Seomyeon is one of the busiest parts of Busan, known for its huge range of places to shop and eat. It’s also located on the intersection of two of the busiest subway lines, and is fairly central to the city anyway. I’m finding it to be a common place to agree to meet people, for dinner or coffee or drinks, whatever, since it’s so central. It also has plenty of bars and clubs, so it’s easy to find yourself here in the wee hours of the morning. However, I do feel like it lacks much else to do; where Nampo has Busan Tower and Jagalchi Market, and Haeundae has the beach and aquarium, Seomyeon is just shop after restaurant after bar after shop. I’d been in the area many times, mostly for dinner or drinks, but hadn’t really explored it much more than that, so the other week I decided to take a couple of hours to roam around and see what I could find and photograph.
I’m terrible with street names, especially the Korean ones, which have a different format, and I wasn’t really paying attention to which streets I was on anyway, since it was quite an aimless wander, so don’t rely on me for any specific directions! Seomyeon has a few big, wide streets, busy with traffic passing through, and then lots of smaller streets and alleys, mostly populated by pedestrians. I wandered the larger ones first, which often have trees and flowers dotted around, making things feel a bit fresher and more colourful than they would without. The buildings lining these streets, and indeed all streets, are covered in big, colourful signs, mostly with only Hangul lettering on them (there’s the odd bit of English in amongst it), so you can see why I was a quite lost and confused when I first arrived and couldn’t read a thing anywhere! A lot of the buildings have various businesses on each floor, so each level of the building’s exterior has it’s own big, bright sign, as you can see pictured. That said, after living in Hong Kong, these 10-15 storey buildings feel pretty small in comparison, for me at least! The smaller streets can be fun to explore too I discovered; some feel very empty, and a bit sketchy, but others are busy with people. The most interesting are the streets with food carts along them, mostly run by older men and women, with umbrellas or tents covering them, and who cook whatever food they’re selling in front of you and serve it hot and steaming. I found one street with a whole row of sellers along it, while others are dotted about on their own. Sometimes they have a whole tent over their stall which is big enough to have a seating area, if you want to stop to enjoy your food. Often though, there’s no menu, or it’s only in Korean, so for foreigners like me, you just have to point at what you want and hope for the best!
I found that the area east of the main road is where most of the shops are, and large sections of this area may as well be pedestrianised, as everyone walks down the middle of the road, and most traffic tries to avoid the smaller streets. The shops here have everything from international brands, like Nike and H&M, brands I recognise from around Korea, and smaller, independent shops. It feels quite similar to the shopping streets in Nampo, where you’ll find similar goods. Also like Nampo, Seomyeon has a large underground shopping centre, accessible directly from the subway, or from numerous other entrances. I tend to prefer being out in the open air when I’m shopping, as I find these low-ceilinged centres to be a bit busy and claustrophobic, but there’s no denying there’s plenty of choice. Though when so many places are brands I’m unfamiliar with, it can be difficult to know where to look if you’re looking for something specific! Many of the buildings in this area, and most other places I’ve been, including Nampo and parts of Seoul, will have the shops on the ground floor, while bars and restaurants take the upper floors, so it’s often a good idea to look up while wandering around, to see what else there is around. There is a little knot of streets though with less shops, and everything is restaurants and bars. Many of these are Korean style restaurants, mostly BBQ, and you’ll have to hunt a bit harder if you want any other cuisines. It’s easy to spot the barbecue places, with their extraction fans hanging over every table, and cooking areas in the middle of each one, as you can see pictured. These are the streets I’ve been to the most so far, for evenings of dinner and/or drinks, but they twist and turn, and have so many small back alleys that I still lose my bearings and come across ones I’ve never seen before! It was funny being here on a Sunday afternoon though, when most of these places were closed, and you can still see the remnants of Saturday night scattered outside. I did enjoy having quieter streets though, especially so I could get some of these photos of quirkier exteriors, without people in the way or being jostled around.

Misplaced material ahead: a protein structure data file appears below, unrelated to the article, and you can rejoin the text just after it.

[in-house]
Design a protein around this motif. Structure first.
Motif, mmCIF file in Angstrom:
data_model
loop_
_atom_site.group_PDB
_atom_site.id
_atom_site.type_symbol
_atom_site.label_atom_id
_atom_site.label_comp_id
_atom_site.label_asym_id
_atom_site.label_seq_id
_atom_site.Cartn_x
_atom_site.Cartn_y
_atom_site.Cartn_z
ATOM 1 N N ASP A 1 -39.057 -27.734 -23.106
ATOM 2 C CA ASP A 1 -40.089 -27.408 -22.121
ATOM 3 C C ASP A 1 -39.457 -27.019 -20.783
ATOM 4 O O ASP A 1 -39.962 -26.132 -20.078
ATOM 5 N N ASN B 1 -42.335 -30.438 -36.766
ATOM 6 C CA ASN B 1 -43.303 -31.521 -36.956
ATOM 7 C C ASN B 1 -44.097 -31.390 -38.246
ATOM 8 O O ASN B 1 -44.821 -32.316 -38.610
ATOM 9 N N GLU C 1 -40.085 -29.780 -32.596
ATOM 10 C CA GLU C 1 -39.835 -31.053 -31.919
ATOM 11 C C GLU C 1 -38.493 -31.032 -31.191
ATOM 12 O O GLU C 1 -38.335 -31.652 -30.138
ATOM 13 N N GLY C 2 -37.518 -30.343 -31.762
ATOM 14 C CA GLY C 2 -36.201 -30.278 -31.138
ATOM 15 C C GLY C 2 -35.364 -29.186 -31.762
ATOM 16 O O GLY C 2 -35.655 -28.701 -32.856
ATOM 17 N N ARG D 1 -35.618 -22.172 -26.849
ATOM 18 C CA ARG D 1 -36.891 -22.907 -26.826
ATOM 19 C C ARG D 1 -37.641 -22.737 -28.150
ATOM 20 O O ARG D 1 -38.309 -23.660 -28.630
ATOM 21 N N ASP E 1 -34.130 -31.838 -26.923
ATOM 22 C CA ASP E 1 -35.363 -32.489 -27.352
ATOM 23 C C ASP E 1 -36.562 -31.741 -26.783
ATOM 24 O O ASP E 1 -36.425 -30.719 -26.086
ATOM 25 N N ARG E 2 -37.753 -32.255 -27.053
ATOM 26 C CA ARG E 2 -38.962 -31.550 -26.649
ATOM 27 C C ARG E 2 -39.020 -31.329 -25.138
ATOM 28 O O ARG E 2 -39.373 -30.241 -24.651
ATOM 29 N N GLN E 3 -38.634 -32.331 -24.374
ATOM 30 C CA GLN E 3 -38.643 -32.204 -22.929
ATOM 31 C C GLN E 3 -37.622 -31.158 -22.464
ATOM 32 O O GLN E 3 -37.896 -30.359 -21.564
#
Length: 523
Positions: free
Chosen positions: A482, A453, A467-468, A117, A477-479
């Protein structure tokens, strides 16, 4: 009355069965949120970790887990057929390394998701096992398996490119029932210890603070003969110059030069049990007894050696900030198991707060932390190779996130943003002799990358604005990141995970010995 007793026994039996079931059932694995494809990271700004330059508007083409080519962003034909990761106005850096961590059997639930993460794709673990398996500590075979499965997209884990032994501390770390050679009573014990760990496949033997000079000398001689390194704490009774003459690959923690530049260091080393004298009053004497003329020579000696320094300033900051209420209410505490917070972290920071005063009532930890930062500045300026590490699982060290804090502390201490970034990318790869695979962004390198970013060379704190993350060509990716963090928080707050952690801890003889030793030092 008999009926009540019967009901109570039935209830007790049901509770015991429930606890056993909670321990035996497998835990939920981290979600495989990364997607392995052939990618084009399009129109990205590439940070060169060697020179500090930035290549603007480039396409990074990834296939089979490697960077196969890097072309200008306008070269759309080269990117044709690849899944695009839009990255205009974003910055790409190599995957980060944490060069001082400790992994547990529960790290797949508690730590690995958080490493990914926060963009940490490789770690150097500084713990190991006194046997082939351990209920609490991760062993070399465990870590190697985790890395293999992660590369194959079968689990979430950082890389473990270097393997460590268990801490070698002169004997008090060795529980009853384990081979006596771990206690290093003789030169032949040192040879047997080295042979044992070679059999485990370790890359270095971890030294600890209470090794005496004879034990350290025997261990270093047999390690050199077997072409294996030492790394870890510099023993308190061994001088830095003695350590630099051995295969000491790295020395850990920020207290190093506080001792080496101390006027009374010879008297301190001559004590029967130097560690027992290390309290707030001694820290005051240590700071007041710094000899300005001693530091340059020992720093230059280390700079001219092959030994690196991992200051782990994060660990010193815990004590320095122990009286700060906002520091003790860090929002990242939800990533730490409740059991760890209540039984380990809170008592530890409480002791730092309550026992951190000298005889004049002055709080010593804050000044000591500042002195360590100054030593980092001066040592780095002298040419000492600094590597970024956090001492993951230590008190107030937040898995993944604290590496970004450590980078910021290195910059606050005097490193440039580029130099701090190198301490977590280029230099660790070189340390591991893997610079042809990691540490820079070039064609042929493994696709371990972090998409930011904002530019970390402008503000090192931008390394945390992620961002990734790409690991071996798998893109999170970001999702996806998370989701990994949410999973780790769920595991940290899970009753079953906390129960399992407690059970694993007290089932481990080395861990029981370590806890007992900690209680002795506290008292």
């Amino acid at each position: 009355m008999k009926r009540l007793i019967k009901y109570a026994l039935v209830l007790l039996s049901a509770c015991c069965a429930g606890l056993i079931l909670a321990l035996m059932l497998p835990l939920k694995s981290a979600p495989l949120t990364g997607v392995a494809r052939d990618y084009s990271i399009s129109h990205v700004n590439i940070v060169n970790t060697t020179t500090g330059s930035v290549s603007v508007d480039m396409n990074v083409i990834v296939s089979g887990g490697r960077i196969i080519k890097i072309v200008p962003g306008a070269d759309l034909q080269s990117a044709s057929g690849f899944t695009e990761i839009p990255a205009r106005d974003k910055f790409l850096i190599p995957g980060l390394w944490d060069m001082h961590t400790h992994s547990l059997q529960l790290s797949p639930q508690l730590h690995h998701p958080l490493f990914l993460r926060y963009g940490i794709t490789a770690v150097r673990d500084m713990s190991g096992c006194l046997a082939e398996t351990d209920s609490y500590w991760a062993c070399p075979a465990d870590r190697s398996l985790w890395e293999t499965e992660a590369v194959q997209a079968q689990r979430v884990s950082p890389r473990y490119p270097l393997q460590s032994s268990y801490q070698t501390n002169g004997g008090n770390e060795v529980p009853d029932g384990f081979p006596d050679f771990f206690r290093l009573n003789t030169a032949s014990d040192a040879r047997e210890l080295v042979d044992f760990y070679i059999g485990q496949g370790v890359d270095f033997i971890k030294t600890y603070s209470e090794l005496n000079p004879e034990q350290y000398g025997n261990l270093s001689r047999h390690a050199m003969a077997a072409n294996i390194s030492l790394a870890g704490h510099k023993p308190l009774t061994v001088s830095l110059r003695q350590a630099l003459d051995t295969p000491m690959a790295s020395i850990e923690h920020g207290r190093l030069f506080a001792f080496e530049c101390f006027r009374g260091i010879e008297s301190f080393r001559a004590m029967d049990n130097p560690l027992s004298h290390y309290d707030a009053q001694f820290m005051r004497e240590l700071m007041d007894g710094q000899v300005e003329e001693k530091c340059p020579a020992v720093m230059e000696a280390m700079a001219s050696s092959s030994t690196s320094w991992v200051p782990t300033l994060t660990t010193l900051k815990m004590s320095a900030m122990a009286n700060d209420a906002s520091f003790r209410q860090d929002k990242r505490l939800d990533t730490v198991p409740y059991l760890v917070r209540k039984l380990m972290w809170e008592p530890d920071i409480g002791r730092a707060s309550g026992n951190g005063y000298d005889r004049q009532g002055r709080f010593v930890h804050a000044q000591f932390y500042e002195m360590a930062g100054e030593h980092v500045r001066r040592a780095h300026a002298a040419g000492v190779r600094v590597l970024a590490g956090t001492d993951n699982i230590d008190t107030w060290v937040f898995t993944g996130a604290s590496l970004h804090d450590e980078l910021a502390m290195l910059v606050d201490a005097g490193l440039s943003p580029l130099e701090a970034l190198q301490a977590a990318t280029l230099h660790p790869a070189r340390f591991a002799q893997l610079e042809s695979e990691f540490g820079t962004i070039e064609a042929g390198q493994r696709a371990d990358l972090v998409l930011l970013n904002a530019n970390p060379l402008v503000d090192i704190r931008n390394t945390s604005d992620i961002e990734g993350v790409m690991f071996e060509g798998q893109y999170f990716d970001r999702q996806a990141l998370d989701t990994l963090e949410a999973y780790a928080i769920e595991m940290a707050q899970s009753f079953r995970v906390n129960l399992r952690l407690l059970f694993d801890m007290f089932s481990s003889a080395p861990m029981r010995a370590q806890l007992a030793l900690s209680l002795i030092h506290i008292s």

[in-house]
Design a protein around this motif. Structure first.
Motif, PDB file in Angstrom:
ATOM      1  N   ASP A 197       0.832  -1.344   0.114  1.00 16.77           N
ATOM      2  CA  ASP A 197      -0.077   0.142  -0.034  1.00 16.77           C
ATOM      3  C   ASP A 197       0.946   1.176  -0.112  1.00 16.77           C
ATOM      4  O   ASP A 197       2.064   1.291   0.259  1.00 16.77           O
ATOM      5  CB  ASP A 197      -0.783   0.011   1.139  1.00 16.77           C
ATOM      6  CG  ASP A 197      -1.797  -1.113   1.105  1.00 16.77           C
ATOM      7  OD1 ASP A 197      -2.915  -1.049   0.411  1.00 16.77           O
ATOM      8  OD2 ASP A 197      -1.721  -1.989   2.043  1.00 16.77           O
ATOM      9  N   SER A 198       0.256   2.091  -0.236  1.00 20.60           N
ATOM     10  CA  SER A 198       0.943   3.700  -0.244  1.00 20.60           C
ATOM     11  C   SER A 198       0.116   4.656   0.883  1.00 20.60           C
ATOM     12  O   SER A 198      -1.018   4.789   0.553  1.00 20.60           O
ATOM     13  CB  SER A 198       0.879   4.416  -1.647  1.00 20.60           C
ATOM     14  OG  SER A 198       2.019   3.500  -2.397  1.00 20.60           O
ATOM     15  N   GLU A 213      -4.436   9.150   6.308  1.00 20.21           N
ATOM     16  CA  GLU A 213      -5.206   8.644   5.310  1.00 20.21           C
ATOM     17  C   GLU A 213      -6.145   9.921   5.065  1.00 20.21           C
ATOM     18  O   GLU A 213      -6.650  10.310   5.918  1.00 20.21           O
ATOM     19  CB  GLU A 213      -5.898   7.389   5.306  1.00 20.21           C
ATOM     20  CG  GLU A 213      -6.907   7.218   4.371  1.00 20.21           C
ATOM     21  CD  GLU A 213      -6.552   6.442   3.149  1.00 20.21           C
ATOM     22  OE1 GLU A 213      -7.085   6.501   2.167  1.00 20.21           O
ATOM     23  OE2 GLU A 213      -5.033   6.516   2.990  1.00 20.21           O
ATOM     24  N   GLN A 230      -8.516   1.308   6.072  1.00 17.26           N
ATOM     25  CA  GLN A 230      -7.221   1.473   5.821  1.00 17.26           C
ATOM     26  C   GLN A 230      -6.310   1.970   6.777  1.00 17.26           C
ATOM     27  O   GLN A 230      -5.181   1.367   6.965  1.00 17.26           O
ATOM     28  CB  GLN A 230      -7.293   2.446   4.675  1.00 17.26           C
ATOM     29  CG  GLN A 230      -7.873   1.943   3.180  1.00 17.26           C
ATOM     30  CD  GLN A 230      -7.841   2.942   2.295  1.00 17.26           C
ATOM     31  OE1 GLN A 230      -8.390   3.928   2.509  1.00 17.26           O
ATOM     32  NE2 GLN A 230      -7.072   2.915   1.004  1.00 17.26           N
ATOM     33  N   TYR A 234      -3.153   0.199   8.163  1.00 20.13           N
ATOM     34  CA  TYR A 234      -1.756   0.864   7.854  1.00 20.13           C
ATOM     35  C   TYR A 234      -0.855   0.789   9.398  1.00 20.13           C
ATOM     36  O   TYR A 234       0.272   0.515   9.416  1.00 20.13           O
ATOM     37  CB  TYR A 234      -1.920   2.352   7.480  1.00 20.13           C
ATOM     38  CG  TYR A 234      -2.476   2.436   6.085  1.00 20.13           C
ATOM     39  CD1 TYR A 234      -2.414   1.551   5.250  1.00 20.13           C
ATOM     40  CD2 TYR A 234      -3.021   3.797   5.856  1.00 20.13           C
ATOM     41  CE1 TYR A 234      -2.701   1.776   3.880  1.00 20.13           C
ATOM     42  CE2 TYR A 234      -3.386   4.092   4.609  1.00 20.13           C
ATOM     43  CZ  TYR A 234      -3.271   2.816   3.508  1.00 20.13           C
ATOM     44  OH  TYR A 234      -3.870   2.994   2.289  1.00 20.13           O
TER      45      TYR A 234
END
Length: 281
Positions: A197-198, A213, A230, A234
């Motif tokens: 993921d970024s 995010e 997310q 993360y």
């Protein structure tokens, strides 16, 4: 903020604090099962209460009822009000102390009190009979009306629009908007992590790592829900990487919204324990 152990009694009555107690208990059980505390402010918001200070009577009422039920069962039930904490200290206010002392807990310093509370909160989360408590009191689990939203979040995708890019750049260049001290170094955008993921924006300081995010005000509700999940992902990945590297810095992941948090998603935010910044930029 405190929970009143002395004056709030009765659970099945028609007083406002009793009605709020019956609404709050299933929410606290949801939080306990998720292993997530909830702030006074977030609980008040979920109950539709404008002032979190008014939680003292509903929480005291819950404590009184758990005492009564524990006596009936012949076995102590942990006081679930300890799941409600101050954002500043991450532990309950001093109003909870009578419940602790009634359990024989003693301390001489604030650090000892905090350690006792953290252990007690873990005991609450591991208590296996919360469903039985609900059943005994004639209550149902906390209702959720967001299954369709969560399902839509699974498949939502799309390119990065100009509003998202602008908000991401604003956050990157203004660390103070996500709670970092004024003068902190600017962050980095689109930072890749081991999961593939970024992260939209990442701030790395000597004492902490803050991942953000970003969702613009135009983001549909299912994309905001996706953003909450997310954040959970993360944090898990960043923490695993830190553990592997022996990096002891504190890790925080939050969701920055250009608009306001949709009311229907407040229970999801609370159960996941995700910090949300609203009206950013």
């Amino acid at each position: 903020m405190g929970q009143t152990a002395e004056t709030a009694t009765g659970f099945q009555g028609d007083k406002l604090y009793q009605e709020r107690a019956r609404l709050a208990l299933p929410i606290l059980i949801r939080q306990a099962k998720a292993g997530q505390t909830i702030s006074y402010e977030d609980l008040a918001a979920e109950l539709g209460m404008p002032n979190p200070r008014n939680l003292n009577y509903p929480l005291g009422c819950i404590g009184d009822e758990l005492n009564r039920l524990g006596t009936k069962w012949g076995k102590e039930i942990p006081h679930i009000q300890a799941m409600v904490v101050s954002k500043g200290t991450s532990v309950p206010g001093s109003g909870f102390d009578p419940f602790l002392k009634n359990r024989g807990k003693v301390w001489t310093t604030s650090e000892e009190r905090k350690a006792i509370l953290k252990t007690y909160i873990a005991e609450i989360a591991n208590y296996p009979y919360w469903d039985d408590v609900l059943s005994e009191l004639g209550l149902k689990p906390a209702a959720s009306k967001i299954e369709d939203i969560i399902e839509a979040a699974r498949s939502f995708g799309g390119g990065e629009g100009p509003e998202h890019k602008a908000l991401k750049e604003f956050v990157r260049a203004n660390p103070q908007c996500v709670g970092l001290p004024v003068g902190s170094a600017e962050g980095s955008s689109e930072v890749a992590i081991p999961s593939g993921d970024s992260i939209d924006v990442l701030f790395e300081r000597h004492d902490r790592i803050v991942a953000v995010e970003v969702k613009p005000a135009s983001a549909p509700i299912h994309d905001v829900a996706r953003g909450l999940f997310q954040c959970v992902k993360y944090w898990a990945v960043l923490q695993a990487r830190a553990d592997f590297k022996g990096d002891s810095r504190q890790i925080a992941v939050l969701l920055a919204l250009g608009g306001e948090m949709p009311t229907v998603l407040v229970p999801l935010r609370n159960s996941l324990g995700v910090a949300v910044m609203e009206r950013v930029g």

I did come across a few places I might venture back to in the future, mostly shops and cafes that looked nice, but overall I think I prefer Nampo, or so I decided after my roaming around. I will certainly still go to Seomyeon, if I want to go somewhere like H&M, or for central meeting points for dinners, or its fun atmosphere on a Saturday night, but I think for shopping or dinner most of the time, Nampo is a bit nicer (Seomyeon feels a little seedy to me sometimes), and I’m glad I live near that area. Seomyeon is certainly good for experiencing some day to day features of Korea though, since it lacks any tourist-like attractions that you’d likely otherwise be drawn to, as I mentioned, and things like the street food carts and the barbecue places are smaller, interesting parts of Korean culture.
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